US Military Bases Ramp Up Security Measures Amid Threats from Iran

The main gate of Camp Pendleton, California, in a 2013 file photo. (Lenny Ignelzi/AP)
The main gate of Camp Pendleton, California, in a 2013 file photo. (Lenny Ignelzi/AP)

While Quantico, Fort Bragg, Fort Belvoir and Naval Base San Diego have tightened security since Iran's threats Friday, U.S. Northern Command has yet to publicly announce whether it will increase security nationwide.

Tensions between the United States and Iran have grown since the U.S. killed Iranian Maj. Gen. Qasem Soleimani on Jan. 2. Iran has vowed revenge for the death of the head of the Islamic Revolutionary Guard Corps' Quds Force.

The Force Protection Condition system, or FPCON, includes five levels of specific security measures set by the commander after considering, among other things, the threat level and current events. It ranges from Normal to Delta, which is usually used in an area where a terrorist attack has occurred or when there's an "imminent" terrorist action against a person or location.

"While we will not discuss specifics, U.S. Northern Command is implementing additional force protection condition measures to increase security and awareness for all installations in the U.S. NORTHCOM area of responsibility," a NORTHCOM spokesman said via email. "This includes all installations and facilities in the United States, Canada and The Bahamas."

Individual bases, however, have announced specific enhanced security measures. Marine Corps Base Quantico, Virginia announced via its social media accounts that its law enforcement personnel would conduct 100% identification checks and increased vehicle inspections in light of the threat, warning personnel the added security would likely result in longer wait times and traffic lines.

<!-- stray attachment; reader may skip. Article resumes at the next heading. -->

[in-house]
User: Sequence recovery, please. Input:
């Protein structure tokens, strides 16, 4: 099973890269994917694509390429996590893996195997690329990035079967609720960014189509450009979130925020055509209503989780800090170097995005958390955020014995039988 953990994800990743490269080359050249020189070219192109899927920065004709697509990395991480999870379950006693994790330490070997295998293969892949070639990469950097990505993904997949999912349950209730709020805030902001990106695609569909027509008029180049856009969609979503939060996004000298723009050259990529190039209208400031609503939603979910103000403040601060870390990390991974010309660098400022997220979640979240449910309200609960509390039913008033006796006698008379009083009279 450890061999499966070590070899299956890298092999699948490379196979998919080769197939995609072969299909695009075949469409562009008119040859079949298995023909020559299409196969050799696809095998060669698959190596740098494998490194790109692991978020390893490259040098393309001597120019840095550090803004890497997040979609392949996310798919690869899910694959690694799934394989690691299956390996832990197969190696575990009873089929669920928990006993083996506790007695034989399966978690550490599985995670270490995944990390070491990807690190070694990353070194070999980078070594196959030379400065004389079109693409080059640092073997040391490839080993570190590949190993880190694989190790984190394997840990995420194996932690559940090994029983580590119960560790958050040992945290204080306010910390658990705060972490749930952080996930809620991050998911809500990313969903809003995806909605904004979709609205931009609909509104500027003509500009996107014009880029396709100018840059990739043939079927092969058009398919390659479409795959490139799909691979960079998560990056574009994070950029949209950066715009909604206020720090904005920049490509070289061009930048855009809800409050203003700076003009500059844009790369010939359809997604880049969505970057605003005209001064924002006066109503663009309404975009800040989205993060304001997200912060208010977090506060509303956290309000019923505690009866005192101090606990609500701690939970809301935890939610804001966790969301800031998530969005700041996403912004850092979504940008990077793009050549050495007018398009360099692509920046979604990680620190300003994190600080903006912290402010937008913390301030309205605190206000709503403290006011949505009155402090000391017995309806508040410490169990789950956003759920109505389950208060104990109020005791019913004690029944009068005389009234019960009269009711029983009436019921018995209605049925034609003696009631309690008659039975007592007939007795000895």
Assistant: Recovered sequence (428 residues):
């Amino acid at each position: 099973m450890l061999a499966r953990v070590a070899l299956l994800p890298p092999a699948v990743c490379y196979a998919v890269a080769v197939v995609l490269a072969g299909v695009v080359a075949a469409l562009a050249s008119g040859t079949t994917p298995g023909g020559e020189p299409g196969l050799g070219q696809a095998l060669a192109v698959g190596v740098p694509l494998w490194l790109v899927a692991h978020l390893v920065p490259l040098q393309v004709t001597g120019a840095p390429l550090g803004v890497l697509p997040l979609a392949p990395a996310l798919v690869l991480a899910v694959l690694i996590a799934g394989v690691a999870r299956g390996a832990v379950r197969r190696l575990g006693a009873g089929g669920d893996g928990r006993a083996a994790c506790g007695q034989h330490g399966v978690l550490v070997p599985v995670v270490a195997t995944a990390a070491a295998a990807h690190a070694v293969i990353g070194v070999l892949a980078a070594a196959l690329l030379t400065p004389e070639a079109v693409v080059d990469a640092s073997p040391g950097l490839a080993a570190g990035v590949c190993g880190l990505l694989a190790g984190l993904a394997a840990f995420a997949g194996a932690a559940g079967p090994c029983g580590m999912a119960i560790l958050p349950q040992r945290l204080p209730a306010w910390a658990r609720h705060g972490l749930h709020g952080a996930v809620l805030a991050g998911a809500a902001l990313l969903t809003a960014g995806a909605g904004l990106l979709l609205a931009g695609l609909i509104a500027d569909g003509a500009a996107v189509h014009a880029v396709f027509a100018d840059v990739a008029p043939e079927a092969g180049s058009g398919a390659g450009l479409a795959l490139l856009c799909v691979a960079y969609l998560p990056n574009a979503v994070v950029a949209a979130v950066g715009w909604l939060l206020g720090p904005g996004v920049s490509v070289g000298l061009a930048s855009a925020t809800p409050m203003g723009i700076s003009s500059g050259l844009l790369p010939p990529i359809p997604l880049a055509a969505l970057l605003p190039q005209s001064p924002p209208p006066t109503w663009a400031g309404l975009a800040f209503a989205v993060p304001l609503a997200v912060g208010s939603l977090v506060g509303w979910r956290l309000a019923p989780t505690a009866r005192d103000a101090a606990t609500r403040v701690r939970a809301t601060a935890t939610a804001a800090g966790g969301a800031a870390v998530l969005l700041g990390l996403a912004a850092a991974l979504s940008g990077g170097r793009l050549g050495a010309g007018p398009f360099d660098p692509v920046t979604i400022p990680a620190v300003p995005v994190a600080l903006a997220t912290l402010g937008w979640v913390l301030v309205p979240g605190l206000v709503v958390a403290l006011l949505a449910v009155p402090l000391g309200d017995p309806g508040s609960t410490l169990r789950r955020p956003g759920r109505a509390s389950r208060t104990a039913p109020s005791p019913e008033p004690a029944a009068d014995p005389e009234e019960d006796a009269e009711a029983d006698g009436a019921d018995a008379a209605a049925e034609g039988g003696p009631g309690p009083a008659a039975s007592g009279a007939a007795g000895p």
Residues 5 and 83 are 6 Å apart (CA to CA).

Fort Bragg, North Carolina, the largest Army base on the East Coast, announced via social media that it was changing traffic patterns, requiring visitors and those bringing a guest to check in at the base visitors center for a pass before continuing onto the base.

Fort Belvoir, Virginia also announced a move to 100% ID checks Monday.

"Please be advised to plan for traffic delays and adjust arrival times accordingly," officials said in a social media post.

On the West Coast, Marine Corps Base Camp Pendleton, California also moved to full ID checks, as did Macdill Air Force Base in Florida, home of U.S. Central Command's headquarters.

The current FPCON level for all U.S. bases overall is Bravo, which is third on the FPCON list and is used when there is an increased or more predictable threat of terrorist activity. The threat level has been at Bravo since 2015.

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Though the Defense Department said the 2015 increase was not due to a specific threat, the level was raised around the time Islamic State-related threats were in the news.

Over the weekend, bases across Europe also announced enhanced security measures including 100% ID checks, resulting in traffic advisories via Facebook and Twitter.

"Due to recent world events, expect to see an increase in security measures at [U.S. Army Garrisons] Bavaria at Grafenwoehr, Netzaberg, Vilseck, Hohenfels and Garmisch," USAG Bavaria posted Saturday. "As a matter of force protection policy, we will not comment on the specific security measures. Though there are no known threats to U.S. personnel or assets, we ask for your cooperation."

The command further asked soldiers not to release operation details on social media and to remain vigilant on bases.

-- Dorothy Mills-Gregg can be reached at Follow her on Twitter at @DMillsGregg.

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